ISLAMABAD — Pakistan is rallying Muslim countries to help Afghanistan stave off an economic and humanitarian disaster while also cajoling the neighboring country’s new Taliban rulers to soften their image abroad.
Several foreign ministers from the 57-member Organization of Islamic Cooperation are meeting in Islamabad on Sunday to explore ways to aid Afghanistan while navigating the difficult political realities of its Taliban-run government, Pakistan’s top diplomat said Friday.
The new Taliban administration in Kabul has been sanctioned by the international community, reeling from the collapse of the Afghan military and the Western-backed government in the face of the insurgents’ takeover in mid-August.
The OIC meeting is an engagement that does not constitute an official recognition of the Taliban regime, said Pakistan’s Foreign Minister Shah Mahmood Qureshi.
He said the message to the gathering on Sunday is: "Please do not abandon Afghanistan. Please engage. We are speaking for the people of Afghanistan. We’re not speaking of a particular group. We are talking about the people of Afghanistan."
Qureshi said major powers — including the United States, Russia, China and the European Union — will send their special representatives on Afghanistan to the one-day summit. Afghanistan’s Taliban-appointed Foreign Minister Amir Khan Muttaqi will also attend the conference.
Afghanistan is facing a looming economic meltdown and humanitarian catastrophe in the aftermath of the Taliban takeover. Billions of dollars’ worth of the country’s assets abroad, mostly in the U.S., have been frozen and international funding to the country has ceased.
The world is also waiting before extending any formal recognition to the new rulers in Kabul, wary the Taliban could impose a similarly harsh regime as when they were in power 20 years ago — despite their assurances to the contrary.
In an interview with The Associated Press last week, Muttaqi said that Afghanistan’s new rulers were committed to the education of girls and women in the workforce.
Yet four months into Taliban rule, girls are not allowed to attend high school in most provinces and though women have returned to their jobs in much of the health care sector, many female civil servants have been barred from coming to work.
However, security has improved under the Taliban, with aid organizations able to travel to most parts of Afghanistan, including areas that for years were off-limits during the war, said a senior humanitarian official who spoke on condition of anonymity because the official was not authorized to speak publicly on the matter.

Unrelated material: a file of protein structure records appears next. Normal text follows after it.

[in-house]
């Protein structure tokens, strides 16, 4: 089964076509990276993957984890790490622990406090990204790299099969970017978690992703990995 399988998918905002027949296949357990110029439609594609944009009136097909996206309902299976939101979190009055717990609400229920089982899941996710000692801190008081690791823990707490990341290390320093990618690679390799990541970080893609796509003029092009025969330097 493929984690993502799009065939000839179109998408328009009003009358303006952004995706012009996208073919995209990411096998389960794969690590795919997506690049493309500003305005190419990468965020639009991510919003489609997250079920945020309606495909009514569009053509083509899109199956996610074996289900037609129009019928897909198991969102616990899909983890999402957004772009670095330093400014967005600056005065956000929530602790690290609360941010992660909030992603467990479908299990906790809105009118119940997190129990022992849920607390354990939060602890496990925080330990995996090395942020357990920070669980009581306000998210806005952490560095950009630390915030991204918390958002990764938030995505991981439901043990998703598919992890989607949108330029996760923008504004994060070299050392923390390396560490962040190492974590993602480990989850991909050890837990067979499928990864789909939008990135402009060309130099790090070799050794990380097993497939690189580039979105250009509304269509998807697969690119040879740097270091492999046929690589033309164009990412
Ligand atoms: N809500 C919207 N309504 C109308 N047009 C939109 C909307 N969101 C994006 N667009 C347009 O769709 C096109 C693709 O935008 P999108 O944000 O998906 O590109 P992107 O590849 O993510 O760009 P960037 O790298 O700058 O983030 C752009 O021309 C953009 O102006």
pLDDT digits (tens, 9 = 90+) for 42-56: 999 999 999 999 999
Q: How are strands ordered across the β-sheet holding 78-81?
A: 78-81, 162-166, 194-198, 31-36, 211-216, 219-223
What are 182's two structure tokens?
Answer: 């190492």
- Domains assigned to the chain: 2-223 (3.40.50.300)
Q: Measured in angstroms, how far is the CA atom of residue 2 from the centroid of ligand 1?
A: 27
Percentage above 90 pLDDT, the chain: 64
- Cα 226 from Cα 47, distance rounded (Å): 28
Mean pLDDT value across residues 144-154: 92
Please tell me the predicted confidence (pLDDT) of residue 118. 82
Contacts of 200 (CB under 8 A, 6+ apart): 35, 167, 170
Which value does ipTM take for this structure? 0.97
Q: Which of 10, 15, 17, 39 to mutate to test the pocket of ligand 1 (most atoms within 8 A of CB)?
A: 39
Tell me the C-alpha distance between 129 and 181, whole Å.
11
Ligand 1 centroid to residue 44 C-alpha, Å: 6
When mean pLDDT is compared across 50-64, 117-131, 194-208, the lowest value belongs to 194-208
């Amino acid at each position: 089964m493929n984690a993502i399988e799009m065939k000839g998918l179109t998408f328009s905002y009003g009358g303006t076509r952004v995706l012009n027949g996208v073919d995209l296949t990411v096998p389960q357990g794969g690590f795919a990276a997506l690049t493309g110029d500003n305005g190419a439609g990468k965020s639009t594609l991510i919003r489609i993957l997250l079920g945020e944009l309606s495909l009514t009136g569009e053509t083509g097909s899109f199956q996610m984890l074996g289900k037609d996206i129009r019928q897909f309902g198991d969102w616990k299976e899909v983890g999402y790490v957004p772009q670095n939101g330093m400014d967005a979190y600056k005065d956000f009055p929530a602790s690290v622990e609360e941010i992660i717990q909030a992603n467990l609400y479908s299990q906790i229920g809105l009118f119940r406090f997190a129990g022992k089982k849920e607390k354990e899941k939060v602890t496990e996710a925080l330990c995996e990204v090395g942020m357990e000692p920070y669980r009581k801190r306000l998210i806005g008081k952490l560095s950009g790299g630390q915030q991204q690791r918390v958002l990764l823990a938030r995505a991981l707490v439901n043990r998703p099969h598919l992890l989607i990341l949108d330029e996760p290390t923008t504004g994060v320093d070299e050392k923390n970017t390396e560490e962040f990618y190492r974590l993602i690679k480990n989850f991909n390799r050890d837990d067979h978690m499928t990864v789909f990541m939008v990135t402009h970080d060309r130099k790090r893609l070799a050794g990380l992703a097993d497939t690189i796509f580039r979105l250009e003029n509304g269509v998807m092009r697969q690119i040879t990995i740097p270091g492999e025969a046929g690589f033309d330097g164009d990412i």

The World Health Organization and U.N. agencies have warned of the humanitarian crisis facing Afghanistan and its 38 million people. Hospitals are desperately short of medicines, up to 95 percent of all households face food shortages, the poverty level is soaring toward 90 percent and the afghani, the national currency, is in free fall.
Pakistan has been at the forefront in pressing for world engagement in Afghanistan. Qureshi said Friday he has warned in talks with many foreign ministers — including with U.S. Secretary of State Antony Blinken in Washington — that a total collapse in Afghanistan will hurt efforts to fight terrorism and trigger a massive exodus from the country.
Refugees will become economic migrants, he added, meaning they would not want to stay in neighboring countries of Pakistan and Iran, but will try to reach Europe and North America.
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The OIC has leverage because of its nature as an Islamic organization and Qureshi expressed hope the summit will also be an opportunity for the world’s Muslim nations to press upon the Taliban the imperative of allowing girls to attend school at all levels and for women to return to their jobs in full.
Michael Kugelman, deputy director of the Asia Program at the Washington-based Wilson center, said OIC nations could do more, suggesting they work through their religious scholars and have them interact directly with the Taliban.
For now, it would be difficult for the West to engage with the Taliban, Kugelman said, adding that such an interaction would be tantamount to admitting defeat in the 20-year war.
For the Taliban, it would be the "final satisfaction of being able to engage ... from the standpoint of victor," he said.
"The Taliban defeated the West ... their powerful militaries and caused them to suffer through a chaotic and humiliating final withdrawal," he said. "For the West to turn around and bury the hatchet with the Taliban, this would amount to a legitimization of its defeat."